LETTERS: We all must become leaders in battle against climate change

SHARE LETTERS: We all must become leaders in battle against climate change

A strong wind blows embers at the Thomas Fire on Saturday in Montecito, California. Prior to the weekend, Los Angeles and Ventura counties had 12 consecutive days of red flag fire warnings, the longest sustained period of fire weather warnings on record. T (Photo by David McNew/Getty Images) ORG XMIT: 775092345

Chicago and Mayor Rahm Emanuel recently hosted an important mayoral climate summit. Mayors and governors are vital players in dealing with climate change. And they need our help.

A few months ago our region suffered serious flooding. Shortly thereafter appeared a report assessing the performance of 100 U.S. urban centers, including Chicago, on the United Nations’ sustainability indicators. Categories included water, climate change, healthy “life on land” and many more. Overall and on every one of the 17 specific sustainability measures, Chicago was nowhere near the top 10 (or the bottom 10, thankfully).

SEND LETTERS TO: letters@suntimes.com. Please include your neighborhood or hometown and a phone number for verification purposes.

Here’s the real kicker: Not a single urban center scored high enough to accomplish even half the progress needed to achieve the standards of the Paris climate accord. Most people know that we need to both mitigate (reduce emissions) and prepare for the coming changes. But whereas Chicago is a beautiful city and rightly proud of being “nature’s metropolis” (the title of a book about Chicago’s history), we are falling behind as climate change accelerates. When our elected national leaders are not doing enough, more average citizens need to lead from below. More of us need to take initiative, engage in new and more effective conversations, step out of our personal and professional silos (aka comfort zones), and collaboratively drive new climate solutions. The needs and demand for climate leaders are high and growing, but the supply is low. In Chicago and beyond, the supply of climate leaders must grow.

Thomas S. Bateman, Lake View

I needed a ride

I live in Pennsylvania, but have been following the carriage horse protests around the country. The same arguments are used everywhere.

I did manage to visit the Windy City a few years ago, and I really wish I had seen a carriage on my walk through town. I could have used a respite from all that walking. I’m not as young as I used to be.

Barbara Steever, Barto, Pennsylvania

Denied care

Cancer patients are being denied access to care despite their doctor’s recommendation.

Proton therapy is a precise treatment that allows doctors to directly target cancerous tumors. Patients who receive it generally maintain a better quality of life and experience fewer side effects. Despite the clinical benefits of proton therapy, and that it is FDA-cleared and recommended by experts for several cancers, insurers routinely deny and delay treatment.

These denials ignore the evidence that illustrates how effective it is in killing cancer cells while saving healthy tissues. As an advocate with the Alliance for Proton Therapy Access, I am asking insurers to stop practices that delay and deny proton therapy for cancer patients. Patients battling cancer deserve timely, fair and transparent payment decisions from insurers for proton therapy.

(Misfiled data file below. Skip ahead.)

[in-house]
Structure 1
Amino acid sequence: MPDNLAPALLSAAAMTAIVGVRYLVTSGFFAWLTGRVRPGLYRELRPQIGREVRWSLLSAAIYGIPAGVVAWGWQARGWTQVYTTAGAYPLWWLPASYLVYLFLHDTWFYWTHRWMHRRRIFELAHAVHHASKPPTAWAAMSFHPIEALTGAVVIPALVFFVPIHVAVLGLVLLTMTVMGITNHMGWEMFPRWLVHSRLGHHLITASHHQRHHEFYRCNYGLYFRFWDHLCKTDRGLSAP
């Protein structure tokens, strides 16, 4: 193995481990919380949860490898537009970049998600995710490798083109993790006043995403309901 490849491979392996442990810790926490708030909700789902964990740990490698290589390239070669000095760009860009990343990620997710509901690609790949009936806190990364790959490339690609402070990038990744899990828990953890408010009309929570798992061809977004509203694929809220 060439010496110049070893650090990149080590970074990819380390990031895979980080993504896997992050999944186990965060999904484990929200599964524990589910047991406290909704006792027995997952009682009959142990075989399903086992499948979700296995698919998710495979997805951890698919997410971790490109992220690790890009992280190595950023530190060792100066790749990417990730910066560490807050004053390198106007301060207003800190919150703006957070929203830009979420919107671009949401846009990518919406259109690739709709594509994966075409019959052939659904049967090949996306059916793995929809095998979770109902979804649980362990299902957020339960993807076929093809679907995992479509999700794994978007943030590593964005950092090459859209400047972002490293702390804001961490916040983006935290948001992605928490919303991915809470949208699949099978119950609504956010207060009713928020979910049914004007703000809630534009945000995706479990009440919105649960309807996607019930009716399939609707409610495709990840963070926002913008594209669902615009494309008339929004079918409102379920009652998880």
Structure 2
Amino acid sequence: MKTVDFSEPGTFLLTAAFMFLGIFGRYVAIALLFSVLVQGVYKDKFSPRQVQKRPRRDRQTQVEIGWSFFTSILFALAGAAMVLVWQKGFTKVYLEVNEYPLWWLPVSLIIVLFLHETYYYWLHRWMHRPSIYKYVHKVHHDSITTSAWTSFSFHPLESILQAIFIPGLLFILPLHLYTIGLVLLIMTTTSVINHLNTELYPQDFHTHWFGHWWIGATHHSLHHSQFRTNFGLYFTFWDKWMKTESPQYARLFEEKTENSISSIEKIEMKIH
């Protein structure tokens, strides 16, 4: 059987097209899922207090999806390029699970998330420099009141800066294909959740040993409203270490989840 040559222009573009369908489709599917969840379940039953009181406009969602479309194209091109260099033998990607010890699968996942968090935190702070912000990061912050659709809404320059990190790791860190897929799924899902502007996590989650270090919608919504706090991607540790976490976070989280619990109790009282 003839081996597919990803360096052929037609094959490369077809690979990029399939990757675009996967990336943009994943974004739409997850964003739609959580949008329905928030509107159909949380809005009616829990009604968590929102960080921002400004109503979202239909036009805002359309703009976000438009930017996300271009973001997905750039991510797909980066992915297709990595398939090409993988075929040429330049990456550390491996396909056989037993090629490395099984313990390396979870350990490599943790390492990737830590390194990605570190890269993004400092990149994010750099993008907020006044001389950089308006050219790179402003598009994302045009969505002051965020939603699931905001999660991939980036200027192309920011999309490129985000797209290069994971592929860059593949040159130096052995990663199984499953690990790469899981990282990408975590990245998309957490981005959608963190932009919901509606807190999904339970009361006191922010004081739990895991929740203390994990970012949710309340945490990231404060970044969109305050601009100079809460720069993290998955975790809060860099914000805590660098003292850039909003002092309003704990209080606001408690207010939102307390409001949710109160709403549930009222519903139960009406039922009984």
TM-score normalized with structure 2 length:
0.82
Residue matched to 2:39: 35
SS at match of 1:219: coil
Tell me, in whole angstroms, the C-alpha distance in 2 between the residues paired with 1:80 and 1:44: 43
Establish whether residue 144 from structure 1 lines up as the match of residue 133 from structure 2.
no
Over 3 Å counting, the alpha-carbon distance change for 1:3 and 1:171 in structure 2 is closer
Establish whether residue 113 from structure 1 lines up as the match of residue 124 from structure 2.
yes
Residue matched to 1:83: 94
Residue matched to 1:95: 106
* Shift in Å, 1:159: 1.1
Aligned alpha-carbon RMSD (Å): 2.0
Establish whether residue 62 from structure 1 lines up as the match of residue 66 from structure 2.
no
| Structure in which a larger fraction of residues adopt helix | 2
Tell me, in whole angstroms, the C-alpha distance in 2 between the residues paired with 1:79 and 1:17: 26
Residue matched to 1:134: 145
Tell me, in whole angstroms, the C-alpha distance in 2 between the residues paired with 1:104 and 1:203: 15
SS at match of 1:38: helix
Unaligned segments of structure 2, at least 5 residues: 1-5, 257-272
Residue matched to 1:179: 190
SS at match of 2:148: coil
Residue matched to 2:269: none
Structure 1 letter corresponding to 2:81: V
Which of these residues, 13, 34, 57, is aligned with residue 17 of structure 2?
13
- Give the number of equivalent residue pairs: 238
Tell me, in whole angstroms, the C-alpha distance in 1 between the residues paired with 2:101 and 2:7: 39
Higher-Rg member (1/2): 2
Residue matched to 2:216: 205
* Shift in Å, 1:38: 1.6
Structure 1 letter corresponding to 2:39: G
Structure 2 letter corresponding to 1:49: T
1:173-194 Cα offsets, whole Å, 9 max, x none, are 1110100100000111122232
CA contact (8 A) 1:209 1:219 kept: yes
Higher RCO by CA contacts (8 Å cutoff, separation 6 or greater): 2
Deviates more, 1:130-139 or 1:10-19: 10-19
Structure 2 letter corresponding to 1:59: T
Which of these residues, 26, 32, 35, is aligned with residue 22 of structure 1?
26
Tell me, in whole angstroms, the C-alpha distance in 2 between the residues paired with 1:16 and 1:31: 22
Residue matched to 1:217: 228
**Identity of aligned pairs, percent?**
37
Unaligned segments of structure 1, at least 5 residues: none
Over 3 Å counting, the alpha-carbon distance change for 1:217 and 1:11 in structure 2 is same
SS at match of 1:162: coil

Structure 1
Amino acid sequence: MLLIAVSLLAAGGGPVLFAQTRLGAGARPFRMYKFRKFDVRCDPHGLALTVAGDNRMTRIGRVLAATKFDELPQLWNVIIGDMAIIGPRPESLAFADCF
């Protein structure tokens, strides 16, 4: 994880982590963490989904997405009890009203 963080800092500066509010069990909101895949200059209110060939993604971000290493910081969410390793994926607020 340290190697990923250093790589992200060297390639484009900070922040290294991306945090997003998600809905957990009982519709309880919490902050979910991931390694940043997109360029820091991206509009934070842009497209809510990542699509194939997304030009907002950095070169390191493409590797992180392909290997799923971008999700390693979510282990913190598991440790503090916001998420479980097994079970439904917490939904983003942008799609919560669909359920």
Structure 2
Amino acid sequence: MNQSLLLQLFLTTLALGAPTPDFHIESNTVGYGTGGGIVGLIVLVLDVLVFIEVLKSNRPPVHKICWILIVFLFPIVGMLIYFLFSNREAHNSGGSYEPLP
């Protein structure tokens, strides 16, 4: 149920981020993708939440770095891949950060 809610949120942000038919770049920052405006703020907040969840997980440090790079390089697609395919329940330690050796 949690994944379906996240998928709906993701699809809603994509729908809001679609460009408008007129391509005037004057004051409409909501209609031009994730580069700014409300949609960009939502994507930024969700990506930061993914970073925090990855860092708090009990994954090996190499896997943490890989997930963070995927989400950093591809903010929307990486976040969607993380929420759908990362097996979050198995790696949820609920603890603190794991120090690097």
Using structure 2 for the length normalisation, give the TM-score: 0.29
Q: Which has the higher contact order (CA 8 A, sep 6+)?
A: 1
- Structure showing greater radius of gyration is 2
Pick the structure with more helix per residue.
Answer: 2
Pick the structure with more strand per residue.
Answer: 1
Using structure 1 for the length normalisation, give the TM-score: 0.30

Dawn Rundgren, Villa Park

Pension time

U.S. Rep. Peter Roskam, R-Illinois, had a birthday gift this year. He turned 55, and with that he gets to start his pension of $37,500 per year. That $37,500 is more than many people make in a year.

Mark Flynn, Evergreen Park

GOP’s true colors

Thanks to your newspaper and to most mainstream media outlets for running two domestic stories this week, back to back. The Republican tax plan has been front and center and is being touted as the biggest tax cut plan since the 1980s. (Do we remember the tax increase plans that soon followed?) In addition the media has been reporting how more and more people have been helped with their treatable medical conditions due to Obamacare, about 20 million more Americans.

Since the Republicans could not kill Obamacare outright, they attached a bit of poison to their tax bill. The killing of the mandate that everyone must be in the health insurance pool will slowly reverse all of the medical progress of the last seven years by raising premiums to unaffordable levels, reducing those with insurance by about 13 million or more.

This tax plan will reduce taxes from 39 percent to 37 percent on the wealthiest Americans forever. Why? No one can explain that. It will reduce corporate taxes 35 percent to 21 percent even though many corporations with foreign headquarters pay much, much less. This change is also forever. The small breaks for the middle and lower income people will expire in a few years.

This tax bill shows the true colors of the Republican Party. They want to pass a bill quickly that few in Congress have even read, for which no committee hearings were held, for which no outside groups affected by this bill were ever called to testify, so that they could accomplish something by year’s end. They accomplished a stocking full of coal for most Americans and a badge of shame for themselves. Is this what the 47 percent who voted for our current president had in mind?

Jan Goldberg, Riverside

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